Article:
In a few short weeks, I’ll go back to seminary. Three more classes until I finish my Master of Divinity. Yet this summer has made me painfully aware of just how few people with whom I interact on a regular basis sincerely know me, and how few of them I know. This doesn’t mean I’m not friendly or personal. This doesn’t mean I don’t care or have some affections for them. It means that we have interactions that do not demand vulnerability. It means they have feelings about me they haven’t shared, and I have feelings I haven’t. We each have ideas about and perceptions of one another that have largely gone unspoken.
“Solitude is a chosen separation for refining your soul. Isolation is what you crave when you neglect the first.
– Wayne Cordeiro
One of my dearest seminary friends completed his first unit of CPE last summer. When he came back to school, I noticed a difference (one he and I have talked about). He seemed to have less patience for the superficial bullshit conversations. He was more quiet and reserved (which is saying something since he’s already fairly introverted). This summer, we were able to hang out and catch up. Talking about CPE, I realized where he was coming from.
Once you’ve had this level of openness and honesty with a person, it’s hard to operate in a different way.
It’s hard to go back to silencing your feelings and experiences of others, to keep your voice quiet, to not ask how others are experiencing you. And so you retreat in a sense. You tuck yourself away in the woodwork hoping no one will notice. When you get the sense that others don’t really want to be known, you take this as a sign that they have just as little interest in knowing you.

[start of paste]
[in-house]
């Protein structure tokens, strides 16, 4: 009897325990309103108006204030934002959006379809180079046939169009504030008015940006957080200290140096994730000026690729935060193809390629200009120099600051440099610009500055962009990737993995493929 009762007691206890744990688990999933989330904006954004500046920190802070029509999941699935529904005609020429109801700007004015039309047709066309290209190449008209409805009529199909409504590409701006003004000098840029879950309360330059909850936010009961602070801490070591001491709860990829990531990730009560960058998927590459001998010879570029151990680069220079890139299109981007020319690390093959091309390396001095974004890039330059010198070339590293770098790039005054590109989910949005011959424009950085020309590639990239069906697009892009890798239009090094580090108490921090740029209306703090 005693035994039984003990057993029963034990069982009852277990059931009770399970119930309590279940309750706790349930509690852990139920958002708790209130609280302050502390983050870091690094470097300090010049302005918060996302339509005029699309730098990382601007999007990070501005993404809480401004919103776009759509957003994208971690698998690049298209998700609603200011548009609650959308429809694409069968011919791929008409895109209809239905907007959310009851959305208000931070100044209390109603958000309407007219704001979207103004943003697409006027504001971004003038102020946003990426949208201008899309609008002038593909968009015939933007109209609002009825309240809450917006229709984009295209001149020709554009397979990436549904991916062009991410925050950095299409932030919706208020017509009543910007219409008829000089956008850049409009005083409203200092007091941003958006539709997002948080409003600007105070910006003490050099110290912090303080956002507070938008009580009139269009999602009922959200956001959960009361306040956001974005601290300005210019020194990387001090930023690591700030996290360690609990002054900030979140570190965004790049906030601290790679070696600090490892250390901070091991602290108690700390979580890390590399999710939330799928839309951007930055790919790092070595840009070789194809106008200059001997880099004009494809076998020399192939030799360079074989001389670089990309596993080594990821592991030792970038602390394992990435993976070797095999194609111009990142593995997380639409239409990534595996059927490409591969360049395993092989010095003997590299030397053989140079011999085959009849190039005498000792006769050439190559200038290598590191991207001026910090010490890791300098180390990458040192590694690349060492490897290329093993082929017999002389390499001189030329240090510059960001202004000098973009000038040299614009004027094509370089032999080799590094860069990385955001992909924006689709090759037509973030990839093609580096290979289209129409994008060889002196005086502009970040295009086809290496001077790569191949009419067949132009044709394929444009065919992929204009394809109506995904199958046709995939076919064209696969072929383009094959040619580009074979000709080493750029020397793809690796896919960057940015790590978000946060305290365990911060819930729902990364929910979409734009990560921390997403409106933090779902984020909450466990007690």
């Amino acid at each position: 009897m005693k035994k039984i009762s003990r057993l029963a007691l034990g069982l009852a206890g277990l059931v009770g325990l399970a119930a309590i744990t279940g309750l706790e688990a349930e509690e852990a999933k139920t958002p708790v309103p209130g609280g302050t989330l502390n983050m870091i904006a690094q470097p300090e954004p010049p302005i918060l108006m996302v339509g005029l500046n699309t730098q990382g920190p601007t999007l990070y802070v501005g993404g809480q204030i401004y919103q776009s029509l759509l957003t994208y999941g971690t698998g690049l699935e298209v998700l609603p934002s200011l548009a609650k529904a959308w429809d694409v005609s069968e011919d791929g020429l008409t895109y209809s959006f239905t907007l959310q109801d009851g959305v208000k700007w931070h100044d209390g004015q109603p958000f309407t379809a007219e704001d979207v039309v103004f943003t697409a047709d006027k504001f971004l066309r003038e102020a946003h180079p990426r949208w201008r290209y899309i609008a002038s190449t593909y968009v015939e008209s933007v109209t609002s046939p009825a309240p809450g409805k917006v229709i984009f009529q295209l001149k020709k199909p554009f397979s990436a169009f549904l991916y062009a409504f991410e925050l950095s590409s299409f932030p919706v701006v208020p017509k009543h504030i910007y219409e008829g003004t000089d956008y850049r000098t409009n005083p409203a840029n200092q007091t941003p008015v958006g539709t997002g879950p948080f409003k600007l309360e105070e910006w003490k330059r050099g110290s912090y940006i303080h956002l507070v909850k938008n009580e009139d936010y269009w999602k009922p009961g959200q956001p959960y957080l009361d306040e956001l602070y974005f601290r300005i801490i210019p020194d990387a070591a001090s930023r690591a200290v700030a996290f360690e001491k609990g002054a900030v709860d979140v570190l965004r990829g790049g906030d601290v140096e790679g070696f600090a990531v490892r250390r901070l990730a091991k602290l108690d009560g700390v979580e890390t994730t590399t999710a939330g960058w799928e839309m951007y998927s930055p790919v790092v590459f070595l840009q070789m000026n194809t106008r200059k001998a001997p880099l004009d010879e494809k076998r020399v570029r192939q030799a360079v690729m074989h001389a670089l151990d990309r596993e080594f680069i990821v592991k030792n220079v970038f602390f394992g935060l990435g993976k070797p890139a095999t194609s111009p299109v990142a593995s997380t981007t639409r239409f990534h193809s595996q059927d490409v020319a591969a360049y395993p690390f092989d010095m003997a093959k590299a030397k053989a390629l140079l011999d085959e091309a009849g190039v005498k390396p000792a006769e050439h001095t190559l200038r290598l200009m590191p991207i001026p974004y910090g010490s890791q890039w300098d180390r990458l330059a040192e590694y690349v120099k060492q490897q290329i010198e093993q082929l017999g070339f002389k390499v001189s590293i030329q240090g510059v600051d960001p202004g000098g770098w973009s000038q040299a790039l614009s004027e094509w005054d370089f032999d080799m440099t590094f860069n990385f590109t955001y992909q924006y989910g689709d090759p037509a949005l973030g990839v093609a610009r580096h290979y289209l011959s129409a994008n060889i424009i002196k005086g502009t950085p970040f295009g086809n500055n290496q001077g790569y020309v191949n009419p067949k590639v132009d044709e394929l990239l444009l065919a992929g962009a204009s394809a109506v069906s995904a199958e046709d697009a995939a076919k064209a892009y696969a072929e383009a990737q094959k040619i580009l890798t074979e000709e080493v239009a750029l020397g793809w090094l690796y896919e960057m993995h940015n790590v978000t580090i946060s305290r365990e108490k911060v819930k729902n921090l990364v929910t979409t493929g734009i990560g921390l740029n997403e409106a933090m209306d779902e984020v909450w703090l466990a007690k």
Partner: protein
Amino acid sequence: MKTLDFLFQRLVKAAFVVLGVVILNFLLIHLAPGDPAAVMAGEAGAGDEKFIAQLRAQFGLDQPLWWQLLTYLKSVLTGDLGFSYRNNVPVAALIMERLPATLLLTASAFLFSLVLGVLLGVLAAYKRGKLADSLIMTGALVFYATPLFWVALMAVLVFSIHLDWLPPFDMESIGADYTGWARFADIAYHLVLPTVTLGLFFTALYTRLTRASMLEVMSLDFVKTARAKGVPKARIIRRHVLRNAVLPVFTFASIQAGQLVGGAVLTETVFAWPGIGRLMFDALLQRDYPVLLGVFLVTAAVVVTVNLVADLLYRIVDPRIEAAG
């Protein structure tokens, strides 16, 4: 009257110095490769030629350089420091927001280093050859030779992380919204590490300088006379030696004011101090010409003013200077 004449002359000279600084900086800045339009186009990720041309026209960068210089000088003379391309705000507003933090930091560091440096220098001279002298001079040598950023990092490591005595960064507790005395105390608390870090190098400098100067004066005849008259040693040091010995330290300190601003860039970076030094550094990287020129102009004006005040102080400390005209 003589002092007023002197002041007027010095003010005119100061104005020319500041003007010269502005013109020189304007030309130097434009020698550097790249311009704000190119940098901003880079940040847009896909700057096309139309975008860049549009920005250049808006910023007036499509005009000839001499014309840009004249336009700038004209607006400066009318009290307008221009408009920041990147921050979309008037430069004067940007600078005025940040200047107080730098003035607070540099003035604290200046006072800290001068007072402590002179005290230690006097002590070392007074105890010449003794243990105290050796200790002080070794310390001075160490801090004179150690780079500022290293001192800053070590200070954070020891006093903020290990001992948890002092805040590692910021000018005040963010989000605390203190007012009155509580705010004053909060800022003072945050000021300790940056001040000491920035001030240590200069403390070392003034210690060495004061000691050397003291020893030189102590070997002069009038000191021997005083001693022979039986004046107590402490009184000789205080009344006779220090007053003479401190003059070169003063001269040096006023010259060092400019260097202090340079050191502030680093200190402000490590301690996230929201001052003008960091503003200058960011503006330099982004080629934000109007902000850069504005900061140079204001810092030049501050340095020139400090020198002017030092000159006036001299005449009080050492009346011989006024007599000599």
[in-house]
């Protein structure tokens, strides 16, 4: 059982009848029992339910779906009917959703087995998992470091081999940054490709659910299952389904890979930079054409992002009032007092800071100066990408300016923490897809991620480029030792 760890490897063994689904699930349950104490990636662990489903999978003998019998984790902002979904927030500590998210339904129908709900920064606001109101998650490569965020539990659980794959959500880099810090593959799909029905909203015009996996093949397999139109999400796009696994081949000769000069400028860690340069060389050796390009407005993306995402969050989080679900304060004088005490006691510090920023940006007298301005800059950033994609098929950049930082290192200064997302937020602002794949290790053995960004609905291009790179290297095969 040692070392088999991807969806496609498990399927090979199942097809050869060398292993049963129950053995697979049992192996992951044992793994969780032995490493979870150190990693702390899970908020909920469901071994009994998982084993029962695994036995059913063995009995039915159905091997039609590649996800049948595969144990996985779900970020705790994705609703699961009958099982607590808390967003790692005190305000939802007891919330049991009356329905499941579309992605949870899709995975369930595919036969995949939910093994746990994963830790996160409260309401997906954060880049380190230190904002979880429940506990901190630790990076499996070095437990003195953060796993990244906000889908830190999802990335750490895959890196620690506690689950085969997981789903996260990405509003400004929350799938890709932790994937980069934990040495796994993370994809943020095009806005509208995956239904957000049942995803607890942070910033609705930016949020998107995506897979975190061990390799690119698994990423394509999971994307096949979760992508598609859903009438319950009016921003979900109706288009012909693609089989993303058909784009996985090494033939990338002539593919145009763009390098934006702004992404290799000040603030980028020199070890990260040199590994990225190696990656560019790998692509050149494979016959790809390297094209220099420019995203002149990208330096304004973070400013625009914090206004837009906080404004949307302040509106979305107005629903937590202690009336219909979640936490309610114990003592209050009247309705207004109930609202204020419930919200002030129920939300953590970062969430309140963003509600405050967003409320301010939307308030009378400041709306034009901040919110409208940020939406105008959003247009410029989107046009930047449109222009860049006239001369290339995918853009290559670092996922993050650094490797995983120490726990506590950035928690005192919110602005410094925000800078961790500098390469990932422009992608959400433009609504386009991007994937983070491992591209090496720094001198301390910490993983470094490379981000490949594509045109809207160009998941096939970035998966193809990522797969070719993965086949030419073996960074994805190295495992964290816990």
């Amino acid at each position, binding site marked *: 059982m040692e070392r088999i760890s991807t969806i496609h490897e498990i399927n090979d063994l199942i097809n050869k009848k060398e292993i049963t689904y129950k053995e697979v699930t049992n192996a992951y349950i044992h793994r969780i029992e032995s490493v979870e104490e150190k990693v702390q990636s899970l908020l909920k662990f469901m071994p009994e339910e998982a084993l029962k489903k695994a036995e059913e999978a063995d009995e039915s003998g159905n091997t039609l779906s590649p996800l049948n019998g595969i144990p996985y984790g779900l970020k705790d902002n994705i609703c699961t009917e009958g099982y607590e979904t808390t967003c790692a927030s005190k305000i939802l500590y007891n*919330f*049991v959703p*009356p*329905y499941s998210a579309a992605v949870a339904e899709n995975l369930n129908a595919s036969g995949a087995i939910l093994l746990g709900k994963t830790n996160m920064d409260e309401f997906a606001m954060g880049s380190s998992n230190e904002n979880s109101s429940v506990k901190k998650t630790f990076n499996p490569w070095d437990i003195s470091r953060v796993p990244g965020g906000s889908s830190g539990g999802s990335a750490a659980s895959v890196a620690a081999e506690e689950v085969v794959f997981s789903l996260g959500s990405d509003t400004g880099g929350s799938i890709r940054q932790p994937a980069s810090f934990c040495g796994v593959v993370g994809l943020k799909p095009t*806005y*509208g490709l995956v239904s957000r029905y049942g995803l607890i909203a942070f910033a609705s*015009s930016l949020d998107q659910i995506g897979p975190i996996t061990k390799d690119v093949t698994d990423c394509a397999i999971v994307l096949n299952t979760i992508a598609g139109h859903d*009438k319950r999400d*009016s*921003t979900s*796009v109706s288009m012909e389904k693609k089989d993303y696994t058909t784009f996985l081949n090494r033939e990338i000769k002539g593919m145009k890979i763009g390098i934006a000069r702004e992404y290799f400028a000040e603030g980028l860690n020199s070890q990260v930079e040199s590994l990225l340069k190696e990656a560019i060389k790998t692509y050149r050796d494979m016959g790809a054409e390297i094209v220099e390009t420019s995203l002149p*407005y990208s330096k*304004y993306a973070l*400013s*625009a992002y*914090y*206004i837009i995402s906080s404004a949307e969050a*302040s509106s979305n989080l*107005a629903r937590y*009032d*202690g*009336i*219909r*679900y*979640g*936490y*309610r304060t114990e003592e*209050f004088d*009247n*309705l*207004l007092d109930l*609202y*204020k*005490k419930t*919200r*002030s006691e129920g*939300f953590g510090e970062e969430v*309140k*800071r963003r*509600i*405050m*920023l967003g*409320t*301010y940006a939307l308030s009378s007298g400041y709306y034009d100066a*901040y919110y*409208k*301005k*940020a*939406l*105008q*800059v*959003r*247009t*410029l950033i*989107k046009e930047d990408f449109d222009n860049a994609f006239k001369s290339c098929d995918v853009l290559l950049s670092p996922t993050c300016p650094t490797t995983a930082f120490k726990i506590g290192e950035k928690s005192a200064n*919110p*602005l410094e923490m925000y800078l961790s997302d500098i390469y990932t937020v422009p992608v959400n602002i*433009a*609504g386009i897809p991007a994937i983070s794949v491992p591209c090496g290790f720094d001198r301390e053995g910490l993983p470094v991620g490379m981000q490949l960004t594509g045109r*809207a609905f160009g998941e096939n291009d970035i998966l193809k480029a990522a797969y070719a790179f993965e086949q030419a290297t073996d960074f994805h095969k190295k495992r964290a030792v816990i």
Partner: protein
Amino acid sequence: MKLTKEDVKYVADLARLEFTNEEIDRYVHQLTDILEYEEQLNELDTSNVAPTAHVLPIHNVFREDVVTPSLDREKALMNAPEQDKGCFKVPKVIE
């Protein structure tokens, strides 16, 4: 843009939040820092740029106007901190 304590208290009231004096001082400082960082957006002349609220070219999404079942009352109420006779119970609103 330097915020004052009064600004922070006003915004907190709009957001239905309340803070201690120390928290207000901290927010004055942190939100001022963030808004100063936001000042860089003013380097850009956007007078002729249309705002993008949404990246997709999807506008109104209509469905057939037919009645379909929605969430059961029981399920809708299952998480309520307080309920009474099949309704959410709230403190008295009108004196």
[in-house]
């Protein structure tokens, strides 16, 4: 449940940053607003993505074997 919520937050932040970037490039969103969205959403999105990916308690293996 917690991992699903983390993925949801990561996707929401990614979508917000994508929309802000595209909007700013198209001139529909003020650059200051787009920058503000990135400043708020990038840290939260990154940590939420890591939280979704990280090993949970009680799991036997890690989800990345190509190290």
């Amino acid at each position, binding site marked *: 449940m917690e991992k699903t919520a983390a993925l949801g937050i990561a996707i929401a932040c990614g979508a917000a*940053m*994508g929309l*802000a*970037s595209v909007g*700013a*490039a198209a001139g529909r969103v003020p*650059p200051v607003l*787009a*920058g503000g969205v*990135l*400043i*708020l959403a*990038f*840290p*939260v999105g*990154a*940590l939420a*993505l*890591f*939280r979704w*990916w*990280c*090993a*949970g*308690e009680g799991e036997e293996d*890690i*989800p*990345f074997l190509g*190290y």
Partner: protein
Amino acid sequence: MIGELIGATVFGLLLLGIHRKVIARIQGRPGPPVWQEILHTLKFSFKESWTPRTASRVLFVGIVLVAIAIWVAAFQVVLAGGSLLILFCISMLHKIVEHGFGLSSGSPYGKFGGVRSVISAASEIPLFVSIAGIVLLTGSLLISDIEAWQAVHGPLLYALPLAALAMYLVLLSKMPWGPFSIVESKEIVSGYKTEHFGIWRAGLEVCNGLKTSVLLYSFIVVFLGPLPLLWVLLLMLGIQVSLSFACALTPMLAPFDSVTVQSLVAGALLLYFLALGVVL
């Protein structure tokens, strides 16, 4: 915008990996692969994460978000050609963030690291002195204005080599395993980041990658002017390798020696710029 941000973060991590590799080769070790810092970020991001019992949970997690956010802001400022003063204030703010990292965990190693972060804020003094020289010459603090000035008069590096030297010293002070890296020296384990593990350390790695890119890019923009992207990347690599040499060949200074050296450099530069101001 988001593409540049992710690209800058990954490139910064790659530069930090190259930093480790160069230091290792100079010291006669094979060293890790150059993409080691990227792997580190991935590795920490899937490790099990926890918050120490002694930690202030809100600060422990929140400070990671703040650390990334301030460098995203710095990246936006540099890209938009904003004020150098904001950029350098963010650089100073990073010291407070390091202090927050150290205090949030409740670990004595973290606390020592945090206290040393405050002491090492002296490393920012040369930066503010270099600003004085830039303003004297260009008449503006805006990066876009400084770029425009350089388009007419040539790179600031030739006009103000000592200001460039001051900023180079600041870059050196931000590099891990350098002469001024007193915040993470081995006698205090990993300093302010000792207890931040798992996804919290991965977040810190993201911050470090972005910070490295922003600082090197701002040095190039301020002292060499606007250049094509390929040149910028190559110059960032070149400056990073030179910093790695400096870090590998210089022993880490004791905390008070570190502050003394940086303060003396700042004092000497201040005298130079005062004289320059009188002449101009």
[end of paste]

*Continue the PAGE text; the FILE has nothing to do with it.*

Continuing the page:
But as noted above, there’s a difference between solitude and isolation. One is proactive while the other is reactive. One is potentially restorative while the other is either unhealthy or destructive. We all need solitude, but in a world booming with “connection,” we rarely ever take it. We think ourselves known when really all we often are is seen, and even then, peripherally. We want something deeper, more intimate, more real. But we don’t speak up and say so. We don’t assert our needs.
How are you known by others? How do you get to know others at more than a superficial level? This are questions we all need to ask but are frequently too scared to ask. Still, I want you to know me, and I want to know you. Up to the challenge…?
[box type=”bio”] MICHAEL OVERMAN is a seminarian at Garrett-Evangelical in Evanston, IL. As a self-admitted “old soul”, Michael is more than comfortable asking the tough questions and not having immediate answers. Michael is passionate about all things interfaith, challenging the religious status quo — and baking whenever possible. A graduate from Trinity Christian College in Palos Heights, IL with a BA in psychology, Michael believes Emma Thompson in Angels in America when she says, “In the new century, I think we will all be insane.” Find Michael on Twitter @irishremix8406 or catch up on his blog at www.FindingTheBalance.net.